It’s all fun and games: SEC requests information on digital engagement practices
The SEC has issued a broad request for information and public comment on the use of “digital engagement practices” and analytics technology by broker-dealers and investment advisers.
In light of the growing popularity of digital investing platforms and increased scrutiny of these platforms by Congress, the SEC has released a broad request for information and public comment (RFI) on all matters related to the use of digital engagement practices and analytical and technological tools by broker-dealers and investment advisers.
The RFI includes 91 sets of questions, made up of approximately 410 questions in total, that are intended to:
- Help the SEC better understand and assess the use of digital engagement practices;
- Provide a forum for market participants to share perspectives on digital engagement practices; and
- Assist the SEC in assessing the application of existing regulations on digital engagement practices and considering whether any regulatory changes might be needed.
In a public statement on the RFI, SEC Chair Gensler stated that he is “particularly focused on policy questions about how we protect investors engaging with technologies that use [digital engagement practices],” including:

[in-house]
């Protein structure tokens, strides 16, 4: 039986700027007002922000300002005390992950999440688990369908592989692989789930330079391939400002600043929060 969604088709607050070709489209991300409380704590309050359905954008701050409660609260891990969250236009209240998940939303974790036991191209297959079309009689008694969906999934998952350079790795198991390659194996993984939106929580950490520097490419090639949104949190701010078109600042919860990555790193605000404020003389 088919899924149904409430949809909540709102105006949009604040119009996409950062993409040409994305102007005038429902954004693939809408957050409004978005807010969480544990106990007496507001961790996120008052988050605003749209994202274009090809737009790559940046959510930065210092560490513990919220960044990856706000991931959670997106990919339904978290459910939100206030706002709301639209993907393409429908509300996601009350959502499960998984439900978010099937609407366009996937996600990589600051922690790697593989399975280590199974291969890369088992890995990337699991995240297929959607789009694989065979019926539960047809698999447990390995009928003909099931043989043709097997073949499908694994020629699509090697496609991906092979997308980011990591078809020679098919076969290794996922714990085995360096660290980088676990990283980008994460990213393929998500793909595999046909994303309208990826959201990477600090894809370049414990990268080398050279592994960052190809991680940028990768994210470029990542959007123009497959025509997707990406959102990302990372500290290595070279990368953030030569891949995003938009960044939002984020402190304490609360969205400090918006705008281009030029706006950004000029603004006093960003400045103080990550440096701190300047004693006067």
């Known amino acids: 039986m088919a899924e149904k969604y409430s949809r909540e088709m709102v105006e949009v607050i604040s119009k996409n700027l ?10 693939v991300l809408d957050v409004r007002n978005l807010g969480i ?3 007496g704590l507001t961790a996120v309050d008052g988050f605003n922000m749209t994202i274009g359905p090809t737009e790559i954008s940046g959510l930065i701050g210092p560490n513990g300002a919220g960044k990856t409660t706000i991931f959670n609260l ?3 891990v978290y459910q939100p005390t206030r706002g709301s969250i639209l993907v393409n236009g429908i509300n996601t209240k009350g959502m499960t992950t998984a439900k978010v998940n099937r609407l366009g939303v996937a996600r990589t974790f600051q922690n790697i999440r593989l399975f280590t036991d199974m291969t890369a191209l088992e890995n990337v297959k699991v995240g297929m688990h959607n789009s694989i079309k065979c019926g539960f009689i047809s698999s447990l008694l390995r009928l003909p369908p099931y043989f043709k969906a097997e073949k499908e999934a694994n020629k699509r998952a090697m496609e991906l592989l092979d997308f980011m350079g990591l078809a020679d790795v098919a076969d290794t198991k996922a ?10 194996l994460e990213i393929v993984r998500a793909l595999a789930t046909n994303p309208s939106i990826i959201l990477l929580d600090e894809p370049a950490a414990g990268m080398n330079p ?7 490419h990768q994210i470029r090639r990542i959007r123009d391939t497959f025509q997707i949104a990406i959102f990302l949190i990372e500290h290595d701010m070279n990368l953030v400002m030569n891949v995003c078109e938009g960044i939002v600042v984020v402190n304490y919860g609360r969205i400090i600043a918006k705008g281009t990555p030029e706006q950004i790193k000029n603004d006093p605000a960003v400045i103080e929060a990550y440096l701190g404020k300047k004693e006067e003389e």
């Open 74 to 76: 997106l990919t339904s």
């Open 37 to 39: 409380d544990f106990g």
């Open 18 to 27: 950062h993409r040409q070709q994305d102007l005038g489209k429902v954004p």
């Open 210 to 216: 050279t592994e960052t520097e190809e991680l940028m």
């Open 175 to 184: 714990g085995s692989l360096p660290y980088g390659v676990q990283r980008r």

- “How might we protect investors in light of the potential conflicts of interest that may exist when [digital engagement practices’] optimization practices have a statistically significant impact on platform revenues, data collection, or investor behavior?”
- “To the extent that [digital engagement practices’] underlying predictive data analytics use “optimization functions” that, at least in part, optimize on revenues, data collection, or investor engagement—and to the extent that optimization leads to statistically significant changes in investor behavior—how does that affect the determination of whether [digital engagement practices] are making a recommendation or providing investment advice?”
Digital engagement practices
According to the SEC, digital engagement practices include “behavioral prompts, differential marketing, game-like features (commonly referred to as ‘gamification’) and other design elements or features designed to engage with retail investors on digital platforms.” The RFI describes examples digital engagement practices, including social networking tools; games, streaks and other contests with prizes; points, badges, and leaderboards; notifications; celebrations for trading; visual cues; ideas presented at order placement and other curated lists or features; subscriptions and membership tiers; and chatbots.
The SEC acknowledges that the use of these practices can potentially benefit investors, such as by making investment platforms more accessible to retail investors or encouraging contributions to retirement accounts. It cautions, however, that retail investors may be harmed by digital engagement practices that encourage frequent trading or higher risk trading strategies involving options, margin or complex products.